FAA head seeks more prosecution of unruly airline passengers
The nation’s top aviation regulator is suggesting that local police around the country should file charges more often against unruly airline passengers and that airports should clamp down on alcohol sales.
Federal Aviation Administration chief Stephen Dickson said that every week, police are asked to be there when a flight lands after an incident involving passengers, including cases in which they assault flight attendants.
“Nevertheless, many of these passengers were interviewed by local police and released without criminal charges of any kind,” Dickson said in letters to airport officials. “When this occurs, we miss a key opportunity to hold unruly passengers accountable for their unacceptable and dangerous behavior.”
Dickson noted in the letters dated Wednesday that the FAA has proposed civil fines against dozens of passengers in recent months, but the agency has no authority to file criminal charges.
Dickson also asked airports to work with concessionaires to limit alcohol-related incidents. He said some concessionaires sell alcohol to go and passengers get drunk before the flight or believe they can carry their drinks on to the plane.
The letter went to more than 500 airports and two airport trade groups.
This week, the FAA said airlines have reported 3,715 incidents involving unruly passengers since Jan. 1, with about three-fourths of the events involving people who refuse to wear face masks, as the federal government requires on airline flights. The FAA said it started investigating more than 600 incidents — nearly double the numbers for 2019 and 2020 combined — and has proposed fines in 99 of them.
The Association of Flight Attendants has pushed for more criminal prosecutions. The union said last week that nearly one in five members who responded to a survey reported witnessing or being involved in physical incidents involving passengers this year.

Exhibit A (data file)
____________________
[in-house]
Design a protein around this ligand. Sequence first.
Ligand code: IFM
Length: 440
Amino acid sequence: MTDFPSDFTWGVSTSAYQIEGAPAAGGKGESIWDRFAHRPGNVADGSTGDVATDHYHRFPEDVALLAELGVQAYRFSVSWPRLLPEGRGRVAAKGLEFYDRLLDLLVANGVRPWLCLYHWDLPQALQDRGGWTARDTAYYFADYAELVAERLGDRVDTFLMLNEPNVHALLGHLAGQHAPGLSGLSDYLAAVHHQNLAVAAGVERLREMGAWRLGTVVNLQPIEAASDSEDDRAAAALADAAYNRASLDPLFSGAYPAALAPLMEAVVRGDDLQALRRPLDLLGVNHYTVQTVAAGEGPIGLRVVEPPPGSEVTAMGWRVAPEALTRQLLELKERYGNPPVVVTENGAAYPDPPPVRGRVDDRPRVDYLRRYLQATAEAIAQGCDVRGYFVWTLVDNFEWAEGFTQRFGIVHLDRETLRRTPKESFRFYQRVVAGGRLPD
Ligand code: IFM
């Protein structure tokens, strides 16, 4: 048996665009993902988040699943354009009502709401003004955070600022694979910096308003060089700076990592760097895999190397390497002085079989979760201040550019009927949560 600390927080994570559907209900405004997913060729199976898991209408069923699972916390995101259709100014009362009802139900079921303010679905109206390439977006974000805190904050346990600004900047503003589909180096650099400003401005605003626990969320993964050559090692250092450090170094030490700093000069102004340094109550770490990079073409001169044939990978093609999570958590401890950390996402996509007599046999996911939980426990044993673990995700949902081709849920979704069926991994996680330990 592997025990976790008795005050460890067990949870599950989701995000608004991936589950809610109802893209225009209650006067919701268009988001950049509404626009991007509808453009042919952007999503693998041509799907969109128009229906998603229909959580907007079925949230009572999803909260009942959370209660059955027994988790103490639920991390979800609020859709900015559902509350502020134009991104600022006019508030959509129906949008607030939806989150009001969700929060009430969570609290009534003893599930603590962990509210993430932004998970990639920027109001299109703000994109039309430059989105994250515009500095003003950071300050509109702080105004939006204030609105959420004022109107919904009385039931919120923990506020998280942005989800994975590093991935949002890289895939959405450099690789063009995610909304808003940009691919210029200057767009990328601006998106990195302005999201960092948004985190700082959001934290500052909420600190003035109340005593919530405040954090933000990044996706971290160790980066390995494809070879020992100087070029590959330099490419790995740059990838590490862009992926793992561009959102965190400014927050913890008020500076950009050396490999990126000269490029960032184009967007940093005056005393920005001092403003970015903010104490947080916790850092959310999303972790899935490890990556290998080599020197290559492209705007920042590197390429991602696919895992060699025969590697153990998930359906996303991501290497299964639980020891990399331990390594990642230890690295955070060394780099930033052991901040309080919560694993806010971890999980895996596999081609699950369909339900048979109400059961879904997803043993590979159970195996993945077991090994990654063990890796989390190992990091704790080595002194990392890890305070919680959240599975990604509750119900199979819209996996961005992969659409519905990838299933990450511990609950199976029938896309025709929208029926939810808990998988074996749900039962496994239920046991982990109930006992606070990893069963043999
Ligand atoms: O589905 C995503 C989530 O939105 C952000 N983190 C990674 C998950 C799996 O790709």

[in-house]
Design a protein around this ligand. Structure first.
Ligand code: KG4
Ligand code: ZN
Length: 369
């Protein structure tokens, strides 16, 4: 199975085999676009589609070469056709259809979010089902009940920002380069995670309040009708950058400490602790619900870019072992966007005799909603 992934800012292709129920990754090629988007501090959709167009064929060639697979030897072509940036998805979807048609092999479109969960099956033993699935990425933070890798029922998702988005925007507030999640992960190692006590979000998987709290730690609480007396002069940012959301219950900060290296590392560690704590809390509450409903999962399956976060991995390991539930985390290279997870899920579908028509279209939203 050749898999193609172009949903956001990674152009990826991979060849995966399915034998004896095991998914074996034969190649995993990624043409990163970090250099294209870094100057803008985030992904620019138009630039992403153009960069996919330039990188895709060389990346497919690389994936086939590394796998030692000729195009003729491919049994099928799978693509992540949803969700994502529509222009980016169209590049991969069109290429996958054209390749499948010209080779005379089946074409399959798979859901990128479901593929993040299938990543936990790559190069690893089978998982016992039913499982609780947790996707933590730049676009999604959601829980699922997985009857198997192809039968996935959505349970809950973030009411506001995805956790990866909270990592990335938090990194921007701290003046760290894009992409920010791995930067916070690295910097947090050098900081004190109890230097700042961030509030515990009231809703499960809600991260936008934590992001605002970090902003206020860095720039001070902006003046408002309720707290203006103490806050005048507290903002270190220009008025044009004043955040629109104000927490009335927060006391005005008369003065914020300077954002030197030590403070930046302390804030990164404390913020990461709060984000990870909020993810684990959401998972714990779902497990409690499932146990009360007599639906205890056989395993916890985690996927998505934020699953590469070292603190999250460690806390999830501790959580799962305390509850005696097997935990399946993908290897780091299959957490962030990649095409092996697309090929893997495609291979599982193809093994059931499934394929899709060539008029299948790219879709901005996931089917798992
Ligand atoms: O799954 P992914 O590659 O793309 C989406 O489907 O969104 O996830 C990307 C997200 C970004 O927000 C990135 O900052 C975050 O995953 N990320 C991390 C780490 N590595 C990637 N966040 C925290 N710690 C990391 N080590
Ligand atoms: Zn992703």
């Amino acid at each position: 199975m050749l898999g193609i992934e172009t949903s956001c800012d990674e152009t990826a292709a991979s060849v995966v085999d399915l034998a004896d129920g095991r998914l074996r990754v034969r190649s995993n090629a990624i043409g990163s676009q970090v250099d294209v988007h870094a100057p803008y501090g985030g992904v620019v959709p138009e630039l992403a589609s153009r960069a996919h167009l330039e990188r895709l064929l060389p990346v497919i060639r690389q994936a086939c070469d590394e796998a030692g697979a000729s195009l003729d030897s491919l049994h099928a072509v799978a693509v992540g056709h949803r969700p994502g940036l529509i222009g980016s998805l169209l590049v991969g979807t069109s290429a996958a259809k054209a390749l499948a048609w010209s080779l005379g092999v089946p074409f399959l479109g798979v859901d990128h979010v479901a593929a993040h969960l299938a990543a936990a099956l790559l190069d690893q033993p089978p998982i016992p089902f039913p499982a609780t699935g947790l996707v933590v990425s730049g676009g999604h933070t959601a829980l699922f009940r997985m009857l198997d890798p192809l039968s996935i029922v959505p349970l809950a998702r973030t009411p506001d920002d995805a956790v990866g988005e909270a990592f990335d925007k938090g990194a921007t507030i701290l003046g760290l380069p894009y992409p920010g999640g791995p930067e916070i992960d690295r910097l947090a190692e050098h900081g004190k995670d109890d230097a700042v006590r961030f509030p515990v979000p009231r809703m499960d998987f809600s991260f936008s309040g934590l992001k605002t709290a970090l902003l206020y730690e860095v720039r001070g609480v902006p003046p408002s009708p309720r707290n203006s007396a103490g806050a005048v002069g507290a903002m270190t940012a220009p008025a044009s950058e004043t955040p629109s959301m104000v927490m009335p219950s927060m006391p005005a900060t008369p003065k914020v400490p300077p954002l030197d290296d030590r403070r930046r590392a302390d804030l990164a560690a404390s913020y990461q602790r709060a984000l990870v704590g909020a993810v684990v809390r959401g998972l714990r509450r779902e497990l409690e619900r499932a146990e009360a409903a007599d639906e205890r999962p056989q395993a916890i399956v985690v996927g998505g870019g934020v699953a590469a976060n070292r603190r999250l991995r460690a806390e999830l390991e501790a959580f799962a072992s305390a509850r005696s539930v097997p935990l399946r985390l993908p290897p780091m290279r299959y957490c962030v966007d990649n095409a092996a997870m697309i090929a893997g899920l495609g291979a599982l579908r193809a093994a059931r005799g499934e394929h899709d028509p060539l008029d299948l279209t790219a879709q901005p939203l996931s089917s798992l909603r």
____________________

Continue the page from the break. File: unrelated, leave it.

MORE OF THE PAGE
The surge in incidents of bad behavior on planes has been attributed to many factors including opposition to the mask rule, stress brought on by the coronavirus pandemic, and the easy availability of alcohol in airports. Planes have been packed this summer with vacation travelers, and flight delays and cancellations have soared for reasons including thunderstorms, staffing shortages and technology outages.
Longtime flight attendants can’t recall a similar level of tension. They say it is worse than an increase in unruly passengers in the 1990s that led Congress to make it a crime to interfere with airline crews. Some have reported being harassed, followed through terminals, and assaulted.
Reports of arrests have been rare, although they were made in two of the more notable recent incidents.
A 22-year-old Ohio man was arrested last week in Miami after allegedly groping two female flight attendants and punching their male colleague on a Frontier Airlines flight. He spent the end of the flight duct-taped to a seat. In late May, a 28-year-old California woman was charged with felony battery after allegedly slugging a Southwest flight attendant in the face. The attendant lost two teeth, according to her union president.